|
|
|
|
Search: 
Latin American Herald Tribune
Venezuela Overview
Venezuelan Embassies & Consulates Around The World
Sites/Blogs about Venezuela
Venezuelan Newspapers
Facts about Venezuela
Venezuela Tourism
Embassies in Caracas

Colombia Overview
Colombian Embassies & Consulates Around the World
Government Links
Embassies in Bogota
Media
Sites/Blogs about Colombia
Educational Institutions

Stocks

Commodities
Crude Oil
US Gasoline Prices
Natural Gas
Gold
Silver
Copper

Euro
UK Pound
Australia Dollar
Canada Dollar
Brazil Real
Mexico Peso
India Rupee

Antigua & Barbuda
Aruba
Barbados
Cayman Islands
Cuba
Curacao
Dominica

Grenada
Haiti
Jamaica
Saint Kitts and Nevis
Saint Lucia
Saint Vincent and the Grenadines

Belize
Costa Rica
El Salvador
Honduras
Nicaragua
Panama

Bahamas
Bermuda
Mexico

Argentina
Brazil
Chile
Guyana
Paraguay
Peru
Uruguay

What's New at LAHT?
Follow Us On Facebook
Follow Us On Twitter
Most Viewed on the Web
Popular on Twitter
Receive Our Daily Headlines


  HOME | Mexico

Mexico Agrees to Host 3rd-Country Nationals Seeking US Asylum

MEXICO CITY – The Mexican government agreed on Thursday to provide temporary sanctuary for nationals from third countries while they await adjudication of their applications for asylum in the United States.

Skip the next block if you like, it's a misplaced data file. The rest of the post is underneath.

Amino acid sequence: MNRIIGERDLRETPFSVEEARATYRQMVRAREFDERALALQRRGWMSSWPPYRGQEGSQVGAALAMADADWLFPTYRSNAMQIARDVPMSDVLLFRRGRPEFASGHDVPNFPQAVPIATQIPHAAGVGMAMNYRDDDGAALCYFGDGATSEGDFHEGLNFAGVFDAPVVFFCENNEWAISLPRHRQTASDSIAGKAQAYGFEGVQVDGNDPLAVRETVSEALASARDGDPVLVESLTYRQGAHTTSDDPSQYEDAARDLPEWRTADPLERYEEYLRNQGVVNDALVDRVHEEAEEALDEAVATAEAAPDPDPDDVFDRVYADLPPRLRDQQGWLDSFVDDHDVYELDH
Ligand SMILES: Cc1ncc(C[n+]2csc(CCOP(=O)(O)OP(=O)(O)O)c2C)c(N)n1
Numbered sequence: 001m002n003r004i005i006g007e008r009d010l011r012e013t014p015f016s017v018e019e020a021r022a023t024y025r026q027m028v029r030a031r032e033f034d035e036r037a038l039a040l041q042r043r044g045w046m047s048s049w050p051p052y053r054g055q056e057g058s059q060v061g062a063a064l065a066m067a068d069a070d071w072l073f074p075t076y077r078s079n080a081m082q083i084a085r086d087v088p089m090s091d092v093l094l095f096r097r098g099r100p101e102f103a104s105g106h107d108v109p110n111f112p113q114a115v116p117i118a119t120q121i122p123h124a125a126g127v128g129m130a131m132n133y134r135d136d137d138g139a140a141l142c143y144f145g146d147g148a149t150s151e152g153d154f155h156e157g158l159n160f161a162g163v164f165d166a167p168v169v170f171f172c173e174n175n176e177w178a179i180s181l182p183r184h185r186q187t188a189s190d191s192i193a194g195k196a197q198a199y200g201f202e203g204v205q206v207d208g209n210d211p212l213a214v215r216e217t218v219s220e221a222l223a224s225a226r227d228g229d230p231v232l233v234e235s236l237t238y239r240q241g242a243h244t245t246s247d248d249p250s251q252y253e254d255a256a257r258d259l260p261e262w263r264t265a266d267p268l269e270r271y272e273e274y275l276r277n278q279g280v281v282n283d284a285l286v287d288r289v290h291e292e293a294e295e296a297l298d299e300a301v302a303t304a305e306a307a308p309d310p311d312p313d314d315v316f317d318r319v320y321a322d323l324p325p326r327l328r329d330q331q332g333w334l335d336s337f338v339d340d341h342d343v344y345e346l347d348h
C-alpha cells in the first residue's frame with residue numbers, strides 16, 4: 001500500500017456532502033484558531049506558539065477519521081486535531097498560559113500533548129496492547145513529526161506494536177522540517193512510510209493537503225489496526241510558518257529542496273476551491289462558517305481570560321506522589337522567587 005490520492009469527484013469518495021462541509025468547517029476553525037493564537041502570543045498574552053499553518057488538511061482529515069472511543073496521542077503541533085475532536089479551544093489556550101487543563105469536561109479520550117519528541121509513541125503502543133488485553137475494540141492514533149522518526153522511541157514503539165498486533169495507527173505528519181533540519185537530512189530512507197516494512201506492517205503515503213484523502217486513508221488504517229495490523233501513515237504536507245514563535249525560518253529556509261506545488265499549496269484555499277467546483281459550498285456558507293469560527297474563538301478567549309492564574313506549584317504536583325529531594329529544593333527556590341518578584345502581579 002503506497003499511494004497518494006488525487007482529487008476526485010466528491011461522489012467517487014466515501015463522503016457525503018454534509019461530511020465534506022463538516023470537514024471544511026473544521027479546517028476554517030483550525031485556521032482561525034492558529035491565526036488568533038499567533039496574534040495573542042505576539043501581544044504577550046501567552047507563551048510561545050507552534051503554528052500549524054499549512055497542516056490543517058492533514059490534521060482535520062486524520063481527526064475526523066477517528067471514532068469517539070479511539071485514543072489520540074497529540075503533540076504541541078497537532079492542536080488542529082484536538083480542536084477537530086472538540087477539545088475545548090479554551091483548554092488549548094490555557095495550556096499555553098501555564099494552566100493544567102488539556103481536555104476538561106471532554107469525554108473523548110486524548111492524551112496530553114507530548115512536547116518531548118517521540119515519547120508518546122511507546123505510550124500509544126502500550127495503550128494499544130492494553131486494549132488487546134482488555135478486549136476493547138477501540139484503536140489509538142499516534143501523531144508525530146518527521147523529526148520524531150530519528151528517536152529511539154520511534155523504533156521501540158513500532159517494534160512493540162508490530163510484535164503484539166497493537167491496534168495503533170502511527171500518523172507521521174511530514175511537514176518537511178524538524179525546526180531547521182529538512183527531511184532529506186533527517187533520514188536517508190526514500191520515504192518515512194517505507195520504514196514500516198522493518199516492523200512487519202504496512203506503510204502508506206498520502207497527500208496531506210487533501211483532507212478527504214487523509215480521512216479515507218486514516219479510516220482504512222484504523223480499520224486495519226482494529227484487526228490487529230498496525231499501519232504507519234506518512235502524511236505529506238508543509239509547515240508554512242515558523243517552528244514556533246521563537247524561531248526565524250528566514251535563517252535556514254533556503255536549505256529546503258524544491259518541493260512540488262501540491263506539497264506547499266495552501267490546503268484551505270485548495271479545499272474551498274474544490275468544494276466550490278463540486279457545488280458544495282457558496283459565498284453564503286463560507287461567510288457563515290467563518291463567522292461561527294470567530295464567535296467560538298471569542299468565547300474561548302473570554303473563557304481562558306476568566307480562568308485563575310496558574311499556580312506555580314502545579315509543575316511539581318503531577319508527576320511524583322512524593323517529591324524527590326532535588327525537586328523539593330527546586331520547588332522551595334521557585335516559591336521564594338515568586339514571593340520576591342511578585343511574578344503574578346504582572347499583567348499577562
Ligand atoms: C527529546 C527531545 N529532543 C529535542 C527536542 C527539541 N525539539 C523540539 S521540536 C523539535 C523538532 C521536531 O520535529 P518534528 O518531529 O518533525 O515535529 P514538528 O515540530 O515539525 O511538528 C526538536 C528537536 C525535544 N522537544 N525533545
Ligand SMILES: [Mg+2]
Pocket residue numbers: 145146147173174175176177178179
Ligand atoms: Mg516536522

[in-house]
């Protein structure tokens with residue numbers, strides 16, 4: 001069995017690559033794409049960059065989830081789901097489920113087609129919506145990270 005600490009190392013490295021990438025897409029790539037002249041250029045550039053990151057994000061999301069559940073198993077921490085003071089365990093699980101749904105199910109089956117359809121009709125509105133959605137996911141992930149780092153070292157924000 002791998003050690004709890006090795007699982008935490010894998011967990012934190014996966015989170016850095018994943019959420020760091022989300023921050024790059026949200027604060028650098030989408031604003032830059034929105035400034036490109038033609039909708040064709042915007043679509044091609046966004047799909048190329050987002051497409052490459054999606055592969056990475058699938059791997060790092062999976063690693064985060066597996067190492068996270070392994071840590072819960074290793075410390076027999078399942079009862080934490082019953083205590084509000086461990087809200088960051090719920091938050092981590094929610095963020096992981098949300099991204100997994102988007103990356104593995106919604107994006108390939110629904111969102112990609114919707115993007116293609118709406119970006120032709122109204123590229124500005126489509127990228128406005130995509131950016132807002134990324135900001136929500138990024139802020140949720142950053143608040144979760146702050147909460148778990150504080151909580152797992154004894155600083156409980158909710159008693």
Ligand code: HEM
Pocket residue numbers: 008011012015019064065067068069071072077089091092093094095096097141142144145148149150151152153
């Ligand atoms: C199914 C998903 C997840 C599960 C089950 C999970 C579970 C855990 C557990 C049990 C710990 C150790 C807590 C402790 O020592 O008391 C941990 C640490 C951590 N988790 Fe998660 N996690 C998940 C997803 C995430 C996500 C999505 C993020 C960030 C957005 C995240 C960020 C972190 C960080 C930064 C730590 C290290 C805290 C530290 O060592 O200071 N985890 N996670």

President Donald Trump’s administration has been pressing Mexico to accept the return of undocumented Central American migrants who entered the US from Mexican territory.

Within minutes of Thursday’s announcement, the legal adviser to the Mexican Foreign Relations Secretariat, Alejandro Alday, said that Washington’s decision to require the asylum seekers to submit their applications from outside the country was based on US legislation and national sovereignty.

Mexico, as a function of its “sovereignty and independence” and in accord with domestic law and international commitments, will “receive some of those non-Mexican migrants” in the interest of ensuring respect for their human rights, Alday said.

“This (US) unilateral measure puts (the migrants) in an enormously volatile situation,” he said.

Once in Mexico, migrants will be able to apply for work permits, Alday said.

Mariana Zaragoza, coordinator of the Migration Affairs program at Mexico City’s Universidad Iberoamericana, said that it was a mistake for Mexico to accede to Washington’s wishes in this matter.

Pointing to the large number of Central American migrants already suffering in precarious conditions in the border city of Tijuana while pursuing asylum in the US, she described the situation as “a time-bomb.”

 

Enter your email address to subscribe to free headlines (and great cartoons so every email has a happy ending!) from the Latin American Herald Tribune:

 

Copyright Latin American Herald Tribune - 2005-2020 © All rights reserved